Always More Dots to Connect

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If there is any doubt about the far-reaching influence exerted by the microbiome, check out these typical titles from the website cell.com:

  • Effects of the gut microbiota on obesity and glucose homeostasis
  • Interactions between Gut Microbiota, Host Genetics and Diet Modulate the Predisposition to Obesity and Metabolic Syndrome
  • Pathways in Microbe-Induced Obesity
  • The gut microbiota in human energy homeostasis and obesity
  • Bile Acid-Activated Receptors, Intestinal Microbiota, and the Treatment of Metabolic Disorders

Speaking of bile acids (BA), this much is known about them:

A dynamic equilibrium is evident between diet, the gut microbiome, and the size and composition of the BA pool. A dysbiotic gut microbiome arising from diet, antibiotic therapy, or disease results in disrupted intestinal homeostasis.

The host and presence of the gut microbiome appear to regulate the BA pool size… [M]icrobes in the gut are proficient in producing secondary BAs that bind to and activate a number of host nuclear receptors, affecting host physiology.

The “host” being referenced here is us, and our guests are trillions of tiny beings who have inveigled their way into becoming the show-runners. Some scientists call the microbiome our second brain, or our second genome.

Some even call the microbiome an organ, just like the heart, liver or skin. Its residents manufacture chemicals that we need and use, that “affect host physiology” — in other words, they change our bodies, sometimes in ways that happen to be beneficial to us, but always according to their own agendas and rules.

Per study referenced above:

These recognized roles include metabolic functions such as vitamin synthesis, regulating the uptake and deposition of dietary lipids, absorbing indigestible carbohydrates, and modulating the intestinal epithelium’s absorptive capacity for optimum nutrient metabolism.

The millions of tiny bugs do many things that can influence our size and weight. Just to give a hint of some processes that take place unknown to us, these excerpts are from the Abstract of a study titled “Nutrient-Sensing Mechanisms in the Gut as Therapeutic Targets for Diabetes,” which is ultimately about reversing insulin resistance.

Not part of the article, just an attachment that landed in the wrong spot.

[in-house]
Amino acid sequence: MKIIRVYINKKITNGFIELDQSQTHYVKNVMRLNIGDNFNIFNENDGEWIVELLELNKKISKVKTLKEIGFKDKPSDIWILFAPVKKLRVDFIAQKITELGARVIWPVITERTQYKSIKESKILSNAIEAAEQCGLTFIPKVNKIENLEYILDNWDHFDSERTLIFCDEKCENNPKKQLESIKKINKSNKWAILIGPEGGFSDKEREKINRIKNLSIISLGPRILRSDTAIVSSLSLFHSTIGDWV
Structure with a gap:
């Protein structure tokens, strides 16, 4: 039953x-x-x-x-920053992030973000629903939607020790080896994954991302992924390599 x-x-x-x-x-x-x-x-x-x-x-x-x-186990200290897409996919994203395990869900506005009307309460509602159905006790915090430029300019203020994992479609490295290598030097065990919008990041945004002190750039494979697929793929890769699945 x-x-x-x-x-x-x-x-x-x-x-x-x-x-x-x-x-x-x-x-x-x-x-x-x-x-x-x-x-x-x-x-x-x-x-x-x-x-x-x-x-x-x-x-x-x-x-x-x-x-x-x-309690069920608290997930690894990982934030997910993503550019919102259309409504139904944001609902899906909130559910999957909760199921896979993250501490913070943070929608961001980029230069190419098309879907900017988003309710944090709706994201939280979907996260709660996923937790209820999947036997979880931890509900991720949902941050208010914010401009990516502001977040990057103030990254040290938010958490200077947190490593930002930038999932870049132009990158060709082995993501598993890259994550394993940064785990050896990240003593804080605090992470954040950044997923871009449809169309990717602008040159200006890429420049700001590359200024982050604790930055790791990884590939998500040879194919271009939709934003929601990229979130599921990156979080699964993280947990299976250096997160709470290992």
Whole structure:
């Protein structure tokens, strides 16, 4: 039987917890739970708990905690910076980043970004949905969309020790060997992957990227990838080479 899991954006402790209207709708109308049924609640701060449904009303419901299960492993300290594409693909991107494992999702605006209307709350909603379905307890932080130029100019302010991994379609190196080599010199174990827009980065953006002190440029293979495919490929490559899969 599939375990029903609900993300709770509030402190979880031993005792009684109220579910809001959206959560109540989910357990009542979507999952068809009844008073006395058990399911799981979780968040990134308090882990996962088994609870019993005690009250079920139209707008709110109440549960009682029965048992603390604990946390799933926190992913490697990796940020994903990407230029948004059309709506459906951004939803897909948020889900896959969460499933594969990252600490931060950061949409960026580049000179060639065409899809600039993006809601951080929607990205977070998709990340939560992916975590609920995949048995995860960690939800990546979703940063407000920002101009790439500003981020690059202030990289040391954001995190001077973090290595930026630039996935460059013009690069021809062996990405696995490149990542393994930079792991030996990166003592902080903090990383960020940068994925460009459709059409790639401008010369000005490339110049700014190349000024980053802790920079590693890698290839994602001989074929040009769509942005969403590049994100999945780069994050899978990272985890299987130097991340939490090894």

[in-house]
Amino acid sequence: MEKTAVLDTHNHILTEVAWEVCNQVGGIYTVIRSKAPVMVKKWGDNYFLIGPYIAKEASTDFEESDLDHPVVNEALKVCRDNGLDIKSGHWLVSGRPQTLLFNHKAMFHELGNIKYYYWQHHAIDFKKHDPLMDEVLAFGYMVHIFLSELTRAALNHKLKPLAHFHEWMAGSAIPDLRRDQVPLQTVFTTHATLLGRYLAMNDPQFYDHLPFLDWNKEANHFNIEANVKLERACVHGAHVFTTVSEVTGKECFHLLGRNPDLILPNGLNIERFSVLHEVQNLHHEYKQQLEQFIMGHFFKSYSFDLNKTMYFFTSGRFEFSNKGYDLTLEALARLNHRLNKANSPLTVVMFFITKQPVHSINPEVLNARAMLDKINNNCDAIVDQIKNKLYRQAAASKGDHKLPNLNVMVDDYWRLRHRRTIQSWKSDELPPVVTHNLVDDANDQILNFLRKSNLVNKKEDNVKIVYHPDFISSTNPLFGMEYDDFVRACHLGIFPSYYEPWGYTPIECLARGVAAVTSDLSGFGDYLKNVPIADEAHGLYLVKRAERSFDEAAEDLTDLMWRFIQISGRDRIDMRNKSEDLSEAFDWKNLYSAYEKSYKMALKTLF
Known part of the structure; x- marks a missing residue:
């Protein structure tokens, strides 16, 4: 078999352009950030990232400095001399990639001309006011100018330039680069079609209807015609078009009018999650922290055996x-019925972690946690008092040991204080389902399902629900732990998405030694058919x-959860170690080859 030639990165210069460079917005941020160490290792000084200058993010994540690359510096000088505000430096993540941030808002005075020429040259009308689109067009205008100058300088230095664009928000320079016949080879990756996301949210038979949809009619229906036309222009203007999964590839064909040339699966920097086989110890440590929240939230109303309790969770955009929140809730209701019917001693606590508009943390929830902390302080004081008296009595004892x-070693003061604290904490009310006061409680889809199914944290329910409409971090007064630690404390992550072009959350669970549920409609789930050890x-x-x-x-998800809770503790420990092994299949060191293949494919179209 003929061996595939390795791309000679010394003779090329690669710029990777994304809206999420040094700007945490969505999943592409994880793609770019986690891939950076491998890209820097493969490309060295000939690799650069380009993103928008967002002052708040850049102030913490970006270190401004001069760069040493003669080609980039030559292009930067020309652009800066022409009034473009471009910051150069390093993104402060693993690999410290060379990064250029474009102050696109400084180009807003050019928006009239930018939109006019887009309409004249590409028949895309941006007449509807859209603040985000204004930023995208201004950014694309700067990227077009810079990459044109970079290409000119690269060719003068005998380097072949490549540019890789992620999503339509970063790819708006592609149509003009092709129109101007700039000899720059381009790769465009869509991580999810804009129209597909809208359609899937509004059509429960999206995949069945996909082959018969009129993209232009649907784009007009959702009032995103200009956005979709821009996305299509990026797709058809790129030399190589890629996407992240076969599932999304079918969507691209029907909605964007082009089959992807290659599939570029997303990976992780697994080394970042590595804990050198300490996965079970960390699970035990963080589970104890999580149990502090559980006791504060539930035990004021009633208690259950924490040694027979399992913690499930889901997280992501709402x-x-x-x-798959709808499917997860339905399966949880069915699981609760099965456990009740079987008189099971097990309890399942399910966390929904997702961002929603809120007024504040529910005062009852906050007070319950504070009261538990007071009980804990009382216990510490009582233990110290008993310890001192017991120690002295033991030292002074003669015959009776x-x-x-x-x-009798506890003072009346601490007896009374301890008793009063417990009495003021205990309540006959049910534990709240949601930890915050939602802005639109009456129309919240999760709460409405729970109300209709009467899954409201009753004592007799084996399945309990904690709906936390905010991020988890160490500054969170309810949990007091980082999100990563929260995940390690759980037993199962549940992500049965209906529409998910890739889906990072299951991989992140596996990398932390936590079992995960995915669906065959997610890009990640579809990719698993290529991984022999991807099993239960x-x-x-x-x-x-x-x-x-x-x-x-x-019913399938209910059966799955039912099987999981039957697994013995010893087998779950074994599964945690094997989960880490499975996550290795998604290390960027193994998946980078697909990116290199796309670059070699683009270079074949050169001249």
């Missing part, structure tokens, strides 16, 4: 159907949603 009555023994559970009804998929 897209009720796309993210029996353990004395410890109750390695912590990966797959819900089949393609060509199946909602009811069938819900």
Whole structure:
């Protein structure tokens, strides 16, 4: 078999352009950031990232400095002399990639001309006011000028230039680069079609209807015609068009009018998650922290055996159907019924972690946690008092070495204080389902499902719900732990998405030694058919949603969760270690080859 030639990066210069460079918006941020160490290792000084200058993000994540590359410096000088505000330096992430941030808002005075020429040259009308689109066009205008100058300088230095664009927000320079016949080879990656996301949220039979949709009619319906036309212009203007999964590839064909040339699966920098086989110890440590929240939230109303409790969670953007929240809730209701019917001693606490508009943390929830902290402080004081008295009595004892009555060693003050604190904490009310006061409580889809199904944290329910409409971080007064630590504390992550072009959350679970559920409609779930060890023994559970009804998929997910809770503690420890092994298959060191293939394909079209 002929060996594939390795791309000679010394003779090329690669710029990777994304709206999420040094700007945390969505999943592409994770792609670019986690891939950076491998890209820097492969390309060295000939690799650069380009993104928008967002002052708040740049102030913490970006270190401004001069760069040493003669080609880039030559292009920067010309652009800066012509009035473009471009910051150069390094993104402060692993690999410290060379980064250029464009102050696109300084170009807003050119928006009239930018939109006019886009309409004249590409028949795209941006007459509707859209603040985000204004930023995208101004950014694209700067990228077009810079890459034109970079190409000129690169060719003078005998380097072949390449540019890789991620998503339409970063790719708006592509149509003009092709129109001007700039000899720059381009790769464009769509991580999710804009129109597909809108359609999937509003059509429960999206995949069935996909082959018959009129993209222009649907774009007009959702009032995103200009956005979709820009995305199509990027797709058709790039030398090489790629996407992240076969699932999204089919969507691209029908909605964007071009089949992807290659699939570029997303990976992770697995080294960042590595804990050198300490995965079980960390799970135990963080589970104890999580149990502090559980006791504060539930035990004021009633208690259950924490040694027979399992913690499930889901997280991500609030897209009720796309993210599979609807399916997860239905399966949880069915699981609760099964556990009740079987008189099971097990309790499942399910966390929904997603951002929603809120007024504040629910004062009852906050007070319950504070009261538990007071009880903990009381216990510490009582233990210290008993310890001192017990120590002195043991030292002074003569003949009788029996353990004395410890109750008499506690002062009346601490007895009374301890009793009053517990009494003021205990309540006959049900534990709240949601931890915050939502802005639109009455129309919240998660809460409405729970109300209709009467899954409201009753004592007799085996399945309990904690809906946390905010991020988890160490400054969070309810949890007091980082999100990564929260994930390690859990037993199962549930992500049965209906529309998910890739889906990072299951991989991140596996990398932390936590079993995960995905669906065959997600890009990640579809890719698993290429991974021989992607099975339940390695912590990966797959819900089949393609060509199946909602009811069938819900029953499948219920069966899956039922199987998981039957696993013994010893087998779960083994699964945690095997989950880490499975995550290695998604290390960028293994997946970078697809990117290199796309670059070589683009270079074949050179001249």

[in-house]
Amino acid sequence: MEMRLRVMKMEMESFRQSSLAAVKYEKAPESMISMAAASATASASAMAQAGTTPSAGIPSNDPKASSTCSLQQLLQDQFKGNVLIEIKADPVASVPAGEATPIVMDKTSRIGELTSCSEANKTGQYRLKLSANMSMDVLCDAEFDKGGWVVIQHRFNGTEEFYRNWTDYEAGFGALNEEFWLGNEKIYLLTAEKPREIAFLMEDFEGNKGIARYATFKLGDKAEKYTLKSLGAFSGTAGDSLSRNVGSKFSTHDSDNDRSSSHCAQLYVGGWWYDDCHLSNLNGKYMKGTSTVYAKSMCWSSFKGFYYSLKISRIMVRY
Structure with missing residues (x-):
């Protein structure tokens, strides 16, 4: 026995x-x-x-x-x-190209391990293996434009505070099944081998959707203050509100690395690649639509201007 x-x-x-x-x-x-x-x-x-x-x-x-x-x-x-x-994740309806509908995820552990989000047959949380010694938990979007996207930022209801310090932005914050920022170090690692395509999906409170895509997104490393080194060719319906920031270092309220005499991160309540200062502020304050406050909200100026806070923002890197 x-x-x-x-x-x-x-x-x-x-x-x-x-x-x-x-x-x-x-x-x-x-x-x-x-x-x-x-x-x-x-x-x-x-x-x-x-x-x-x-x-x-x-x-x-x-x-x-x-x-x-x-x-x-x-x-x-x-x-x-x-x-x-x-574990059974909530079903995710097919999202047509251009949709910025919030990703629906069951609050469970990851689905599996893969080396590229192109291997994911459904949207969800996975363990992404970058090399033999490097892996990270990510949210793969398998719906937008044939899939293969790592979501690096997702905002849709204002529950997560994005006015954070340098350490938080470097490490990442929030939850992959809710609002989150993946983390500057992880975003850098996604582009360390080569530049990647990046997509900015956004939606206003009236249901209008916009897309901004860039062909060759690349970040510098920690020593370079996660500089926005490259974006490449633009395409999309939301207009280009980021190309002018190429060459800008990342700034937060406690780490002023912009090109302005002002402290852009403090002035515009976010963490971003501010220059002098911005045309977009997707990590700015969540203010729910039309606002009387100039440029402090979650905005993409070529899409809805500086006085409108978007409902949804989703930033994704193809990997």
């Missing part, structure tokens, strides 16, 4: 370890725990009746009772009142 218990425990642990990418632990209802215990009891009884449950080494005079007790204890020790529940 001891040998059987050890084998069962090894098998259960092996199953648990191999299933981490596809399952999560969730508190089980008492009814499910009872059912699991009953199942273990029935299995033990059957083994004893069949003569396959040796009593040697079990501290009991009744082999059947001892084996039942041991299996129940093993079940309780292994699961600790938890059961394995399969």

It describes the duodenum’s talent for sensing nutrient influx and passing the message on, which is supposed to curtail further eating so everything stays in balance. But…

In diabetes and obesity, intestinal nutrient-sensing mechanisms fail to lower food intake and glucose production, leading to a disruption in metabolic homeostasis.

And now here they come, the miniature tenants who are all up in our business:

[G]ut microbiota composition may alter intestinal nutrient-sensing mechanisms to regain better control of glucose homeostasis in diabetes and obesity in the long term… High-fat feeding induces obesogenic microbiota…

Obesogenic microbiota (translation: tiny fat-causing critters) are exactly what we don’t want! This is not the job we pay them to do. How do we ensure that we and they are on the same page?

Your responses and feedback are welcome!

Source: “The Interplay of the Gut Microbiome, Bile Acids, and Volatile Organic Compounds,” NIH.gov, 2015
Source: “Nutrient-Sensing Mechanisms in the Gut as Therapeutic Targets for Diabetes…,” DiabetesJournals.org, September 2013
Photo credit: Matthew Bernhardt

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